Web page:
The film’s cinema vérité shooting style adds to the realism and spontaneity of the film. Despite its provocative theme or title, the film does not sensationalize or offer gratuitous amounts of nudity just for the sake of it. Neither does it border on cliché eroticism; instead what we get is the characters moving around in the genuine environment of Geylang. We as viewers are captivated by their emotional conflicts and turmoil rather than what goes on outside. An example is a key scene where Jonathan “prepares” himself while the female prostitute takes a shower. We are treated to a full three-minute sequence of the nude man shifting his body into different positions and trying to stimulate himself for her. His insecurities that are purveyed through these little actions are what makes the film so real – it pays attention to the minute details and does not attempt to gloss over any perculiarities or trivial habits. The lack of stylistic perspectives that typical films use makes Pleasure Factory a very raw and compelling watch. Further, a heavy reliance on visual language creates a minimalist feel.

Further, there is a notable lack of dialogue and music throughout the course of the film, probably to help in the creation of a more realistic feel and also add to the emotional tension between the characters. The director of Pleasure Factory says in an interview, “To me, what was really nice was the silence, the silences at the right time, because I think the film requires you to be part of the process. What we try to do is to make a film that allows the audiences to discover at the same time as the characters.” (Tan, 2007).

But the film does not focus solely on the sex trade plying around Geylang that has given the district its notoriety. Rather, it proffers a multitude of perspectives, befitting as Geylang is not just about the prostitutes. It’s a bustling and thriving community of people, driven by the desire to survive and make ends meet, and this multitude of perspectives is conveyed through the different characters and stories entwined throughout the entire film.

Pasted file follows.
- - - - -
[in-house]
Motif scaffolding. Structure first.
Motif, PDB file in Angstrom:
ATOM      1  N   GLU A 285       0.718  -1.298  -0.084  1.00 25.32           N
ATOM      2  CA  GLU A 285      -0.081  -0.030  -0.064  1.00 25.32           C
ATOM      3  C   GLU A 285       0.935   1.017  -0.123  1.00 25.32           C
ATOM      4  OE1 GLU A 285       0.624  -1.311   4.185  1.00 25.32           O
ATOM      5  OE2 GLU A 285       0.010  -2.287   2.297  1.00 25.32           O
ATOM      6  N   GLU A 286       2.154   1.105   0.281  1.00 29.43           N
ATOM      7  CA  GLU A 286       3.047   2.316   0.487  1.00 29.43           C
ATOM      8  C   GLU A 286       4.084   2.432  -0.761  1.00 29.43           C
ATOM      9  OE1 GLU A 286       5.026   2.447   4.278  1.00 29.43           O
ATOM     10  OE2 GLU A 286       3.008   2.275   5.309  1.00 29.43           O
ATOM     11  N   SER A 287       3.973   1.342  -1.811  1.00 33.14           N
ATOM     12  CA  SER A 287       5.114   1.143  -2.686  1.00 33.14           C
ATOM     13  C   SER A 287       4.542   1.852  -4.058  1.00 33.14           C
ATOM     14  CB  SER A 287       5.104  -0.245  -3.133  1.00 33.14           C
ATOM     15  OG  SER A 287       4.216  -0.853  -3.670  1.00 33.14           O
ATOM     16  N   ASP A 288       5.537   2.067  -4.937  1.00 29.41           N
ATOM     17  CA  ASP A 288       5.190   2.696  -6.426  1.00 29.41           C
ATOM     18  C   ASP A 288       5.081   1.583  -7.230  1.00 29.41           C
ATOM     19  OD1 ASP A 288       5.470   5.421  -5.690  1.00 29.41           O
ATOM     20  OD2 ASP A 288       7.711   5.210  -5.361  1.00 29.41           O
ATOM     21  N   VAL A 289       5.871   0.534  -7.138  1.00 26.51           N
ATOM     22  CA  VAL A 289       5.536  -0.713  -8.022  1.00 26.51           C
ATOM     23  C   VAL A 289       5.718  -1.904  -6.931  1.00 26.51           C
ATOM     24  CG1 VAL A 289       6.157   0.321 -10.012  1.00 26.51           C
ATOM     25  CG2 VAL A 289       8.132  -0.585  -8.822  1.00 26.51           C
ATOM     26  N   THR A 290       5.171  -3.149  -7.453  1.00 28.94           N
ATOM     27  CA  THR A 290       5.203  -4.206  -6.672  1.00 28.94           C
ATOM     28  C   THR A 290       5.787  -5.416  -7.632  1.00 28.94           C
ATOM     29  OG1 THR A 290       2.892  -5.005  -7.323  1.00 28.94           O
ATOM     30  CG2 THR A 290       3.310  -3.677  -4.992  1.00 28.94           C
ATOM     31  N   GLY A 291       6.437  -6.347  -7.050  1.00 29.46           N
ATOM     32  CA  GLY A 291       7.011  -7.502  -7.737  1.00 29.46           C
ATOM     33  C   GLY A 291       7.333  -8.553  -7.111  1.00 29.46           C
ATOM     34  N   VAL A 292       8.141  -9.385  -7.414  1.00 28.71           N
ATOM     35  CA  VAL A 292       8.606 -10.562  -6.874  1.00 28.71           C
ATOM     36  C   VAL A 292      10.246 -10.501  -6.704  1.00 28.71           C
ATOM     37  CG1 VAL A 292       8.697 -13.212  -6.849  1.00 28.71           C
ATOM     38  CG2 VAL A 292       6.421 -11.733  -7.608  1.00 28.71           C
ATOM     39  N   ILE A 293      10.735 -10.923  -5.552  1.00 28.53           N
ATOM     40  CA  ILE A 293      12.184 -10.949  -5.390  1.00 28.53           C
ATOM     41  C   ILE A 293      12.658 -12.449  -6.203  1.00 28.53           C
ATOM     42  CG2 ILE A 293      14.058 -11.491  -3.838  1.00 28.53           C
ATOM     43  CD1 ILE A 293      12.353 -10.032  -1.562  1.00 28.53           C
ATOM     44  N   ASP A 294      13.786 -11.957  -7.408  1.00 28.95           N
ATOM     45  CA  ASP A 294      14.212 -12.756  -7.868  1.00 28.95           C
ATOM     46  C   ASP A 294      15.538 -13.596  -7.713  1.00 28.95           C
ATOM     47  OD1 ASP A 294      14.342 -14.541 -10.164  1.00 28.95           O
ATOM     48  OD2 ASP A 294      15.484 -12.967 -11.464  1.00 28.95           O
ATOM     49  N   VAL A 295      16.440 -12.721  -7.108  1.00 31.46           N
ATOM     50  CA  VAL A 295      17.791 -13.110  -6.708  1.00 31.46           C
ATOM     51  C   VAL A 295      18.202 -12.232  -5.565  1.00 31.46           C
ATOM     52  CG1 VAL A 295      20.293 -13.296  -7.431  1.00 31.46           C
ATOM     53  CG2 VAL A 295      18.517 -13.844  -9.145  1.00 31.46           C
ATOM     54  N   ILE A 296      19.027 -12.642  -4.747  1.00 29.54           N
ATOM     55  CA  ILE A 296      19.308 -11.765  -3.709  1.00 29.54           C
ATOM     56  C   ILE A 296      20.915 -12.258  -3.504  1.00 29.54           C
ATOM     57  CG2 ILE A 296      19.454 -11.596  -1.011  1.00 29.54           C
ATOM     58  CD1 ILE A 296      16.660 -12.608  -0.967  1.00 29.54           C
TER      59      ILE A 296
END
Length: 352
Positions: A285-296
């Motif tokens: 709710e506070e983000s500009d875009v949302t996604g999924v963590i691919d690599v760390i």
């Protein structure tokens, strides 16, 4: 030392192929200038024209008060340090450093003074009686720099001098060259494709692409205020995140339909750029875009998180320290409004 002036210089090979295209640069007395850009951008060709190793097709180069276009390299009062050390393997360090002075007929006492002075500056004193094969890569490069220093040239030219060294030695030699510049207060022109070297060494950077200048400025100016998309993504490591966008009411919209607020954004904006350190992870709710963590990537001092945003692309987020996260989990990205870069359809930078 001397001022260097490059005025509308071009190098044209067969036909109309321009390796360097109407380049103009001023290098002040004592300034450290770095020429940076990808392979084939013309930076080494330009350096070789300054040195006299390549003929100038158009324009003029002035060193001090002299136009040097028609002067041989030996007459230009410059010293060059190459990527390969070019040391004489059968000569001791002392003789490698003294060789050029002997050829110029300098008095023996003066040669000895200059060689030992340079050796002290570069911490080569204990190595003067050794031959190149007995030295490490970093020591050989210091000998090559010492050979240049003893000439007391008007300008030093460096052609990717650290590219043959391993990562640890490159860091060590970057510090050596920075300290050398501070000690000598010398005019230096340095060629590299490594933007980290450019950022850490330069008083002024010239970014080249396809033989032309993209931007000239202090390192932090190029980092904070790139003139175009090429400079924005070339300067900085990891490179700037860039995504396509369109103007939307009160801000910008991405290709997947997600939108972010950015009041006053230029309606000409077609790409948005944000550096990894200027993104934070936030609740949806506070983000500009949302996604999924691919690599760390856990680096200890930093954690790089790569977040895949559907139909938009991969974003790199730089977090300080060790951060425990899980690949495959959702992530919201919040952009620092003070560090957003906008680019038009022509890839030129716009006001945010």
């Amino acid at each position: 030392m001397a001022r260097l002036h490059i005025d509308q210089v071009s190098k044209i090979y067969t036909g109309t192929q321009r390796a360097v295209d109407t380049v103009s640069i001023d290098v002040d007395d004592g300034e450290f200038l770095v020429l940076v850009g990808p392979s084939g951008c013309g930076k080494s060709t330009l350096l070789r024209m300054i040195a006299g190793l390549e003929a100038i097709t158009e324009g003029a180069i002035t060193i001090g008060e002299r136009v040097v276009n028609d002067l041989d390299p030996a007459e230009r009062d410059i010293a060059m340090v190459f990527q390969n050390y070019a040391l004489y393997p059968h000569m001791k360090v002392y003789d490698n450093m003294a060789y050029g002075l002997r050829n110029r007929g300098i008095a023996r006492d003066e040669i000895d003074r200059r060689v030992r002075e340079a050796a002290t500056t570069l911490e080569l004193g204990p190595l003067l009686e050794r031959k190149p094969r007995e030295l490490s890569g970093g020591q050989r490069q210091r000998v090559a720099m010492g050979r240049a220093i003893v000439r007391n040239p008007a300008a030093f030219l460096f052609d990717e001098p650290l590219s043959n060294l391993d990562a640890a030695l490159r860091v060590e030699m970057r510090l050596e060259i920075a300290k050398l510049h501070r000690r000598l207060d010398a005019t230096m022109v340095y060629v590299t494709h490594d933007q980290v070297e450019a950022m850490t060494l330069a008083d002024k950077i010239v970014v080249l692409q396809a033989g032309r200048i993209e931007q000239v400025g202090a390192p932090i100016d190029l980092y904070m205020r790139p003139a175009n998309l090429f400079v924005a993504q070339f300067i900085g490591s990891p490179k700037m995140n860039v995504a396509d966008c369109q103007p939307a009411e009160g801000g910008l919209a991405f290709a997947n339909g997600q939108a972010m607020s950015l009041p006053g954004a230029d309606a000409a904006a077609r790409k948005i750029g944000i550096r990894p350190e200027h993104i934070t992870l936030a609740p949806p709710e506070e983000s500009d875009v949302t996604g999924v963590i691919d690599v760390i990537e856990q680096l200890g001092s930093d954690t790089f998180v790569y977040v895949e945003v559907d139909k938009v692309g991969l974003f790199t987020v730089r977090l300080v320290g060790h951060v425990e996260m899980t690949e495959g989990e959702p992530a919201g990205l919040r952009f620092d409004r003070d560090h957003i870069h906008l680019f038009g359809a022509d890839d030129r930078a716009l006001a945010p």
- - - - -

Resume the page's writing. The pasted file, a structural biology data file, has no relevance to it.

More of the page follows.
A personal qualm is that the movie comes across as rather disjointed at times. Midway through the movie, for instance, Uekrongtham inserted two excerpts of interviews he did with real people who work in Geylang via a documentary style footage. This sticks out of the running narrative like a sore thumb, There does not appear to be any clear motivation surrounding for doing so, and neither did it run in congruence with the rest of the film. It is, however, tempting to postulate that this is because of the need to pander to international audiences, and to bring them further into Geylang as a community.

Finally, the open-ended narrative style adopted runs the risk of viewers failing to develop any sense of emotional attachment with the characters. Rather, the viewer is the aloof onlooker that judges and criticizes without any feeling or empathy. This is a pity as emotional engagement is important to relate to the characters in any film. At the end of the day, Pleasure Factory may come across as being too vague and aloof, stylistically brilliant but lacking a certain innate oomph.

References

Tan, V. (2007, May 27). Channel NewsAsia: Singapore film on Geylang sex workers debuts to full house at Cannes. Retrieved on December 2, 2010, from: http://www.channelnewsasia.com/stories/entertainment/view/278745/1/.html


Advertisements

Leave a Reply

Fill in your details below or click an icon to log in:

WordPress.com Logo

You are commenting using your WordPress.com account. Log Out / Change )

Twitter picture

You are commenting using your Twitter account. Log Out / Change )

Facebook photo

You are commenting using your Facebook account. Log Out / Change )

Google+ photo

You are commenting using your Google+ account. Log Out / Change )

Connecting to %s

%d bloggers like this: